Publication - Research and analysis

2010/11 Scottish Crime and Justice Survey: Drug Use

Published: 27 Mar 2012
Part of:
Research
ISBN:
9781780457178

This report presents findings from the Scottish Crime and Justice Survey 2010/11 Drug Use module. The report provides information on the experience and prevalence of illicit drug use amongst the general adult population in Scotland.

83 page PDF

1.0 MB

83 page PDF

1.0 MB

Contents
2010/11 Scottish Crime and Justice Survey: Drug Use
Conventions used in figures and tables

83 page PDF

1.0 MB

Conventions used in figures and tables

The following conventions are used in the figures and tables for this report, including the annexes.

Figures and tables

Each figure or table has a title (1), the data source (survey and year) (2), a base definition and the unweighted base figures (3), and the SPSS data file variable name (4).[1] For example:

  1. Figure 2.4: % of adults aged 16 or over reporting drug use ever by drug used
  2. SCJS 2010/11
  3. Base: Adults aged 16 or over (10,999)
  4. Variable name: QEVE

Unweighted base

All SCJS percentages and rates presented in the figures and tables are based on weighted data (see Annex 2 for further details). However, figures and tables show the unweighted base above the figure or below the table which represents the number of respondents interviewed in the specified group.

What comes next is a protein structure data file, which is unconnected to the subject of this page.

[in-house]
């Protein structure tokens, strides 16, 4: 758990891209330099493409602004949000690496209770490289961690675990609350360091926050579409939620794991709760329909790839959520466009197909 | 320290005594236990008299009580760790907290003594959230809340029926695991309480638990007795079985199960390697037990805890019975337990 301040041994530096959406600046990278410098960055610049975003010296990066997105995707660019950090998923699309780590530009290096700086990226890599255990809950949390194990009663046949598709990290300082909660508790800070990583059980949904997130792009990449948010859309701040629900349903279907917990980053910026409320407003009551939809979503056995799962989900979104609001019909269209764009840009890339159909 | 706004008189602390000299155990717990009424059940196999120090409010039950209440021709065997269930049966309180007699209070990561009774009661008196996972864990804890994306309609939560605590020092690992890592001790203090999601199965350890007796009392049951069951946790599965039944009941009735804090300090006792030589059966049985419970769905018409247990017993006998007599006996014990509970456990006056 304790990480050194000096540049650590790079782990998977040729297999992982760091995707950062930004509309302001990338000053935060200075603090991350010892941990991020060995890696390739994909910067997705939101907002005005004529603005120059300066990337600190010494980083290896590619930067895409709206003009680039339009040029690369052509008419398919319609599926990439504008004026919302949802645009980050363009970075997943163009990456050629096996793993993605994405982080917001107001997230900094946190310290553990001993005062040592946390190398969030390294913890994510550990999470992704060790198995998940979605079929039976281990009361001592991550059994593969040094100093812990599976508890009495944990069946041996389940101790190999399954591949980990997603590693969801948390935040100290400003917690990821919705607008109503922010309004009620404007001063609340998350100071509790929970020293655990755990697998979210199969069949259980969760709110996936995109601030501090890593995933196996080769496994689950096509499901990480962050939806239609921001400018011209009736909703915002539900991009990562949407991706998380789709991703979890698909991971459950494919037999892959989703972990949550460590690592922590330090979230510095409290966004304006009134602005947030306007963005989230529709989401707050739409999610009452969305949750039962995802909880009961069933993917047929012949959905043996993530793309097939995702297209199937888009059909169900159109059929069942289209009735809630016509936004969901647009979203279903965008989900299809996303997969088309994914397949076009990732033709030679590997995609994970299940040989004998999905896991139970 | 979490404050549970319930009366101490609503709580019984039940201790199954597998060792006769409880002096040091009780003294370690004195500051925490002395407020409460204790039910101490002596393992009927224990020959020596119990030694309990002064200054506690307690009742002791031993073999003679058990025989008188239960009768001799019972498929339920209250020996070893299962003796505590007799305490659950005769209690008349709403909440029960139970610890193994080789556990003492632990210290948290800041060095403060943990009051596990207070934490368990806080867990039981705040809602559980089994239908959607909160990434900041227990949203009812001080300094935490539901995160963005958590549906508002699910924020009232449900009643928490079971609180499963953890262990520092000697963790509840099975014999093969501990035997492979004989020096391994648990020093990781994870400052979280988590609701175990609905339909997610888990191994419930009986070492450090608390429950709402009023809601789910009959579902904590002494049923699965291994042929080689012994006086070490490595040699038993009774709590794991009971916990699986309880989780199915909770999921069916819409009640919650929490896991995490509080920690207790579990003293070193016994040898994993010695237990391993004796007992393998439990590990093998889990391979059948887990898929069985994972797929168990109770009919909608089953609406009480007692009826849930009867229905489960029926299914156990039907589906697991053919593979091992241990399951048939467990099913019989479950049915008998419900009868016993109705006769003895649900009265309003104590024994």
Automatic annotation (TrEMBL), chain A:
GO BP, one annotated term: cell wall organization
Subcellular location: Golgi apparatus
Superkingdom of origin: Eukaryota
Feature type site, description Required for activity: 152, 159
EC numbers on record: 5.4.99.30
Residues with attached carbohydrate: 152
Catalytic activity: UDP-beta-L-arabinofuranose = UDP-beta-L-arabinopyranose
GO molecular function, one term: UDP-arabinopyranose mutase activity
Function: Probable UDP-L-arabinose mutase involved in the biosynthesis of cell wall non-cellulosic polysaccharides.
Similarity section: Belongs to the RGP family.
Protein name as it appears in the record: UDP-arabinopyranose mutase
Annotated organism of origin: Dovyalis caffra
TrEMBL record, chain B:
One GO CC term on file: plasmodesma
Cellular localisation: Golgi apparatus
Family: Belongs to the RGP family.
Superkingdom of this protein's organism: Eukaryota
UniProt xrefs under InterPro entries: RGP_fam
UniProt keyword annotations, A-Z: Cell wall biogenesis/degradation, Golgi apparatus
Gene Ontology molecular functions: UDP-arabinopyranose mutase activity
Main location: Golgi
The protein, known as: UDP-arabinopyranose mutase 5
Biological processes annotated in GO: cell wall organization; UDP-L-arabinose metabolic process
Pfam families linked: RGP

Percentages

Row or column percentages may not add to 100 per cent due to rounding.

Most figures / tables present cell percentages where the figures refer to the percentage of respondents that have the attribute being discussed. The complementary percentage to add to 100 per cent may not be shown. Respondents could refuse to answer any question they did not wish to answer. The majority of questions also had a 'don't know' option. Percentages are often not shown for these response categories.

A percentage may be quoted in the report text for a single category that is identifiable in the figures / tables only by summing two or more component percentages. In order to avoid rounding errors, the percentage has been recalculated for the single combined category and therefore may differ by one percentage point from the sum of the percentages derived from the figures / tables.

Percentages in the figures in the main body of the report are displayed to one decimal place.


Contact

Email: Stuart King